Puzzle Quest 2 Preview: The Same, Only Different

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I got to spend a half hour this morning with Puzzle Quest 2, the sequel to a game I found so addicting that I'd rather play it than write up this preview. Is my life over come late spring?


In short, yes. While dramatic changes have been made to the navigation system, experience points, money, and equipment, at its core this is essentially the same game that so many fell in love with on the Nintendo DS, PSP, PC, Xbox Live Arcade, PlayStation Network, and iPhone. It's just...different.

Two things saved me from sitting in my chair at the D3publisher booth all day long, playing Puzzle Quest 2. First, I had to make it to Stephen's panel, which I wouldn't have missed for the world. Second, the demo is timed.

Though a timed demo wouldn't have stopped me. With all four new character types - War Mage, Inquisitor, Barbarian or Assassin - available for play, I could probably waste at least two hours.

But alas, limited time and all, I opted to play as an Assassin, which the demo lady said was the hardest of the four new classes to play.

Bring it on.

It's not so much that the Assassin is hard to play, but that the Assassin is a bit more complicated. While the other three classes rely on the colored mana gems to cast spells or use skills, the Assassin's skills revolve around manipulating purple gems, one of two new types of gems, which increase your damage as you accrue them. Rather than casting spells, the Assassin's skills are more about finding the right opening, biding your time, and then attacking weak points for massive damage.


Of course, as a level one Assassin, there isn't much in the way of massive damage happening. Just some rat killing.

Puzzle Quest 2's map looks more like an isometric RPG or possibly even an adventure game than the original top-down, war game looking affair. Characters with quests appear on the map with the now industry-standard exclamation point over their heads, giving you tasks that generally revolve around fighting against monsters in a puzzle environment.


My first quest, a tutorial, simply had me making groups of three or more skulls, which is one of the ways to do damage in Puzzle Quest 2. Being an old pro, the rats go down quickly.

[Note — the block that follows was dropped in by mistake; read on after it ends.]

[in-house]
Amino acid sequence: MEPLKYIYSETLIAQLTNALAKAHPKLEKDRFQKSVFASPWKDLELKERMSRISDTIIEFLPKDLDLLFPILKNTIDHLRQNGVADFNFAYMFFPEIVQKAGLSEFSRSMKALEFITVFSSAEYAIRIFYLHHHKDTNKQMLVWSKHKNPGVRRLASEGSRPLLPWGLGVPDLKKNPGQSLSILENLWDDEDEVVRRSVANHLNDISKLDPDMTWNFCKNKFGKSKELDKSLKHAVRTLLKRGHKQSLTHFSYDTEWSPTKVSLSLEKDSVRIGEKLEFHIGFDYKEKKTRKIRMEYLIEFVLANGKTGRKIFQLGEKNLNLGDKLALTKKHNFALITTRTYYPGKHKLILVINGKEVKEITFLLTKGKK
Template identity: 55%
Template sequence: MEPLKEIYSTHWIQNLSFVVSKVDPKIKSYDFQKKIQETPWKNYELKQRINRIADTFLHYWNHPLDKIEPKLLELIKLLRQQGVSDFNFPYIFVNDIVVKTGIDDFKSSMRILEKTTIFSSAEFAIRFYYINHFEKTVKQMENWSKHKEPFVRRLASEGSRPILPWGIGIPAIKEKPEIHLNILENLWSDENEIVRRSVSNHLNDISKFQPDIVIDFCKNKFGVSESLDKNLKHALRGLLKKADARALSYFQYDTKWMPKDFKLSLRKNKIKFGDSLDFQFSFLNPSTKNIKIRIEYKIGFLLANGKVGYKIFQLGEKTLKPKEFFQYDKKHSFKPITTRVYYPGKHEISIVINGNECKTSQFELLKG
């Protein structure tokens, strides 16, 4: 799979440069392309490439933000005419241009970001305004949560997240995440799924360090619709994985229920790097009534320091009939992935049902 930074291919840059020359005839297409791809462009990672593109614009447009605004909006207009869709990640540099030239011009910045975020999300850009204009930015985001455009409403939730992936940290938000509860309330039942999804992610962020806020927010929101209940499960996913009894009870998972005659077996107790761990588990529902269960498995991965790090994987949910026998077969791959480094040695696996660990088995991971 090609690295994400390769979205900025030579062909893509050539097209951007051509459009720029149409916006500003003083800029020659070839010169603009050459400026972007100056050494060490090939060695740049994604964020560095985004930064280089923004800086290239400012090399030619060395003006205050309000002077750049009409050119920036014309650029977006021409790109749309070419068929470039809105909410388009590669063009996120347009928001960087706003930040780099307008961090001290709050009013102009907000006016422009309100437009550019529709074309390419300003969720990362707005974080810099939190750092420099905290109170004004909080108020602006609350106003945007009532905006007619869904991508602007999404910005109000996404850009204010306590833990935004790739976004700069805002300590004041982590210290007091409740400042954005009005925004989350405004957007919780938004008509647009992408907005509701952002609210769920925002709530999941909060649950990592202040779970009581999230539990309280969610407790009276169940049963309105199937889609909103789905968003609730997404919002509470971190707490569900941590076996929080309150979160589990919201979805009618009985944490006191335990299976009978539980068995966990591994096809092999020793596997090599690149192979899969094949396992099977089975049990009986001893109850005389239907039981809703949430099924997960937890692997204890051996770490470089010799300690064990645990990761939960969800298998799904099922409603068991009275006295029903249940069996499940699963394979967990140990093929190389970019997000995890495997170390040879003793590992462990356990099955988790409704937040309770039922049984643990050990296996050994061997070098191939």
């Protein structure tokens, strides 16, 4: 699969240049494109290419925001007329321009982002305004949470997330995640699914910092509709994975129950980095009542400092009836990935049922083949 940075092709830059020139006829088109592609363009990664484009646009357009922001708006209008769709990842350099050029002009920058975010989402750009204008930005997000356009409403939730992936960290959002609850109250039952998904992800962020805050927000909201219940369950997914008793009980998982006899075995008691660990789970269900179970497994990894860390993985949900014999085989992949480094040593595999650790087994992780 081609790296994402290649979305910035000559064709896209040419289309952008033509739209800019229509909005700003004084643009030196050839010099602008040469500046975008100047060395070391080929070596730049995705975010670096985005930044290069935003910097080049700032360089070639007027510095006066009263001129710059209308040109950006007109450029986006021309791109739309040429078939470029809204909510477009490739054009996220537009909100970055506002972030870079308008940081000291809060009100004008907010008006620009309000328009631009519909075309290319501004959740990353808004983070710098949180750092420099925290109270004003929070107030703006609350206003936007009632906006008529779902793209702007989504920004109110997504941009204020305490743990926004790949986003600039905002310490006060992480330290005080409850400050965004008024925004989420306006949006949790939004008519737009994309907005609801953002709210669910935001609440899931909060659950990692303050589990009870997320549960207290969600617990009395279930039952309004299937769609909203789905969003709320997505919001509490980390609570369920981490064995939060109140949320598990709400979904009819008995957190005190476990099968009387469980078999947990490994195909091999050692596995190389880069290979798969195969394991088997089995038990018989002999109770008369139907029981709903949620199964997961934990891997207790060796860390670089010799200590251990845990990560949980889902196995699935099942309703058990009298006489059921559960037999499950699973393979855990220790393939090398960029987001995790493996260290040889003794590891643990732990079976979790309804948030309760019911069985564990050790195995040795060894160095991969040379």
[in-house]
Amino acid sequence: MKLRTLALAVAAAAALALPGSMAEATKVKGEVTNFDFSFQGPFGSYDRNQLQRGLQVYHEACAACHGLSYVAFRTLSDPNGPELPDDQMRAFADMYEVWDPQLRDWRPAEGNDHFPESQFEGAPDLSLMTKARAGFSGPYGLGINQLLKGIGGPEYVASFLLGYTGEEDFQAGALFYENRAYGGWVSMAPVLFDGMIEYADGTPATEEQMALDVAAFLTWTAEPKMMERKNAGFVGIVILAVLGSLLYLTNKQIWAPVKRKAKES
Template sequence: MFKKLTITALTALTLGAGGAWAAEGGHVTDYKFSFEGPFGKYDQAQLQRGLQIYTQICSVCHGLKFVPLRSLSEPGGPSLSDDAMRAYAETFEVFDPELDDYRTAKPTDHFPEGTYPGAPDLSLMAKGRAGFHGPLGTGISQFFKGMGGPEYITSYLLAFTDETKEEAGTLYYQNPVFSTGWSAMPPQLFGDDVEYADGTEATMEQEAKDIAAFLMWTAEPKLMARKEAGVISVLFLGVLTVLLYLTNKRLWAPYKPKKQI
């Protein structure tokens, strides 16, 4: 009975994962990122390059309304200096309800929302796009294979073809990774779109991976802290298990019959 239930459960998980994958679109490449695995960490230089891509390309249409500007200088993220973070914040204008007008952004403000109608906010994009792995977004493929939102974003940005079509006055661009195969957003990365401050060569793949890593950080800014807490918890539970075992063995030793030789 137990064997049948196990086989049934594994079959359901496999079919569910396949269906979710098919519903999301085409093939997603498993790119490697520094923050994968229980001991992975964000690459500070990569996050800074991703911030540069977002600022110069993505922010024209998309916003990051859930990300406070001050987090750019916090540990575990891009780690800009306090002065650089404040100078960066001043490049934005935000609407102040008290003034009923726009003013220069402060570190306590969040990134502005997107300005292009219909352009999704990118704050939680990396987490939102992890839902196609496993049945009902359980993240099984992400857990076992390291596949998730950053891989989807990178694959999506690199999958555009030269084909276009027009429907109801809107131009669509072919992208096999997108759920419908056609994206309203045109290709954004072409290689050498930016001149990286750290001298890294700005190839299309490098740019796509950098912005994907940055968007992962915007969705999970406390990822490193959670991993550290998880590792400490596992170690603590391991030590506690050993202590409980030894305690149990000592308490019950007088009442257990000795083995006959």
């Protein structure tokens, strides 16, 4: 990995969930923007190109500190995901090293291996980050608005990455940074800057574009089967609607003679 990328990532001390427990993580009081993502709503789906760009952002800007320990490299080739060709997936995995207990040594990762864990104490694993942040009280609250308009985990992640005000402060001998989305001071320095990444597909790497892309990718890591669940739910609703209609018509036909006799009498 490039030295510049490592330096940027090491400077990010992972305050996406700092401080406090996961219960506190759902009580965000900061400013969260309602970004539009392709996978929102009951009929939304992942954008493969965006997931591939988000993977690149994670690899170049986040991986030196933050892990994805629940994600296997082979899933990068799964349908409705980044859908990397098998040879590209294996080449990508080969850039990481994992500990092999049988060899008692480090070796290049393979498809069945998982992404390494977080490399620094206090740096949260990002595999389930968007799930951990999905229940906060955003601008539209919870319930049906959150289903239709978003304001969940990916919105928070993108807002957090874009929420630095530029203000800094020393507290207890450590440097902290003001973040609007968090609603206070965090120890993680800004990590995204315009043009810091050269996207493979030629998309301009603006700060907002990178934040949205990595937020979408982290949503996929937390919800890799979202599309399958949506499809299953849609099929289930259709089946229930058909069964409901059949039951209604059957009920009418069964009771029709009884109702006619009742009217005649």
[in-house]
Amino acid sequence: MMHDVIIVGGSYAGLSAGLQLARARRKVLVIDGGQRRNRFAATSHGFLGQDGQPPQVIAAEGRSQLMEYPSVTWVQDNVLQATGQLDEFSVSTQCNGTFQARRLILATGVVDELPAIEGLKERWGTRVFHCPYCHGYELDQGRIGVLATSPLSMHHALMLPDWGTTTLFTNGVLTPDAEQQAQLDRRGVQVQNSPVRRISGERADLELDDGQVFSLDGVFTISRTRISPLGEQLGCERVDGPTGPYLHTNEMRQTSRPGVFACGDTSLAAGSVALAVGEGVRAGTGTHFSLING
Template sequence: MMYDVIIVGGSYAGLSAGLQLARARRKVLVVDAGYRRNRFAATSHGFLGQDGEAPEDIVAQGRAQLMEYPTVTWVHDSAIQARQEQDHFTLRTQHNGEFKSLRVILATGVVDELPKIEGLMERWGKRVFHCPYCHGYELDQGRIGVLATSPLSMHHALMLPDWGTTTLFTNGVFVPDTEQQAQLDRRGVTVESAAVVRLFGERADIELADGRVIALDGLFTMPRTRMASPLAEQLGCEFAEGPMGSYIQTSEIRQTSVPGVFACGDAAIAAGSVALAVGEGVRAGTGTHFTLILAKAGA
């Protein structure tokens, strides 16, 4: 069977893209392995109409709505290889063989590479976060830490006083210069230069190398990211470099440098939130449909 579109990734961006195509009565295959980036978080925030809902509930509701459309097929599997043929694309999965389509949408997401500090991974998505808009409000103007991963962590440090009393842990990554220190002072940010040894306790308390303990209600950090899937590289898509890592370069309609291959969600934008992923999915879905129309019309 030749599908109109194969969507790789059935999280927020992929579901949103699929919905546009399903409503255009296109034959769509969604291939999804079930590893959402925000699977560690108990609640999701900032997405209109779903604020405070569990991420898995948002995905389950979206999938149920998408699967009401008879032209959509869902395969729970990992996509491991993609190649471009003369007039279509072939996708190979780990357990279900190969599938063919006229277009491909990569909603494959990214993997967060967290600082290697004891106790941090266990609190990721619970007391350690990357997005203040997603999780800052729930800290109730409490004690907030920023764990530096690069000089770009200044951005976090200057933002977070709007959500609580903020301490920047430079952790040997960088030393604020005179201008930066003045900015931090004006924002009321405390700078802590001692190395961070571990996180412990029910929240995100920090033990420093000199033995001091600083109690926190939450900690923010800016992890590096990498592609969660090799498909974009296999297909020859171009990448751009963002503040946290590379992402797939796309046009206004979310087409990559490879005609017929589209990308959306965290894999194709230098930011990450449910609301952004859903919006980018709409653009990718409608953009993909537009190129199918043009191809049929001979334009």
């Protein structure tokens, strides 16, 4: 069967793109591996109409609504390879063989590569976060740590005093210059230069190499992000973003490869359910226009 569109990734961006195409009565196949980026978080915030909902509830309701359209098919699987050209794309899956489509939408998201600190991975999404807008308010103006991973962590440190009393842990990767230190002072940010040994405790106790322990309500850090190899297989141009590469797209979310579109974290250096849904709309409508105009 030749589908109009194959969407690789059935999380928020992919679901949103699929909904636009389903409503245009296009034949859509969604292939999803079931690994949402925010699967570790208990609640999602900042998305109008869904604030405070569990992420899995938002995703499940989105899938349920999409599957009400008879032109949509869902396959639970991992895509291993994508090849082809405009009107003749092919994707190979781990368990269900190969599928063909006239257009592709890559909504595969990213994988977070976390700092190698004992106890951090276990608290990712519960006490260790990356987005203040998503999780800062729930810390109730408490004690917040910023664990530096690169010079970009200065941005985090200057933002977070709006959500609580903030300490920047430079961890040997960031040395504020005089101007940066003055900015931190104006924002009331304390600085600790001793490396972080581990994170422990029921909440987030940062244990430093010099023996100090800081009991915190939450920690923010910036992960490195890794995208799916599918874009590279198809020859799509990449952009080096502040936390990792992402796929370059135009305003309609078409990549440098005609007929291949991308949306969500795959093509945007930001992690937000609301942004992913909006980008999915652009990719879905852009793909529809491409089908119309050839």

Soon I graduate to goblins, which are much tougher than rats. Luckily I now have a weapon as well. Weapons work by taking advantage of the second new gem type, the Gauntlet.


Equipment in the original Puzzle Quest added passive benefits, giving you extra mana, helping you cause more damage, or doing nifty things like clearing extra rows if certain conditions are met.

In Puzzle Quest 2, equipment takes on a more active role. Take the short sword I picked for my Assassin. After collecting enough of the Gauntlet gems, I could activate my sword like a spell, triggering a quick flash of Assassin attacking art before doing direct damage to my foe.


Equipping armor raises your armor class, as it would in a pen and paper role-playing game, lessening the damage enemies dole out, while wearing a shield would give you the option of a shield attack.

So there are three ways to directly damage your foes in Puzzle Quest 2, which should make for less rounds spent desperately waiting for skulls to align or mana to fill up.


There are tradeoffs to this new system, however. The Gauntlet and the purple gems replace gold and experience points. You still gather both at the end of each match, but you can no longer farm the board for more.

At the end of each round you are awarded a set amount of experience and gold, as well as materials you can eventually use to level up your equipment. So one dimension is removed, but another is taken away.


Alongside monster killing quests, Puzzle Quest 2 will also feature mini-game quests. One mission had me putting out a fire by gathering blue water gems, while avoiding red gems, which would heal the fire.

A half hour wasn't enough time to give me a comprehensive feel for how the game is going to turn out, but it has assuaged my fears about Infinite Interactive's ability to deliver an entertaining follow-up. I lost a little faith with Galactrix and Puzzle Kingdom, and was worried the developer might have simply lost the magic.


The magic is still there. It's just a little different.

Look for Puzzle Quest 2 to steal away large chunks of your life in late spring.



I'm the only one who liked Galactrix I take it?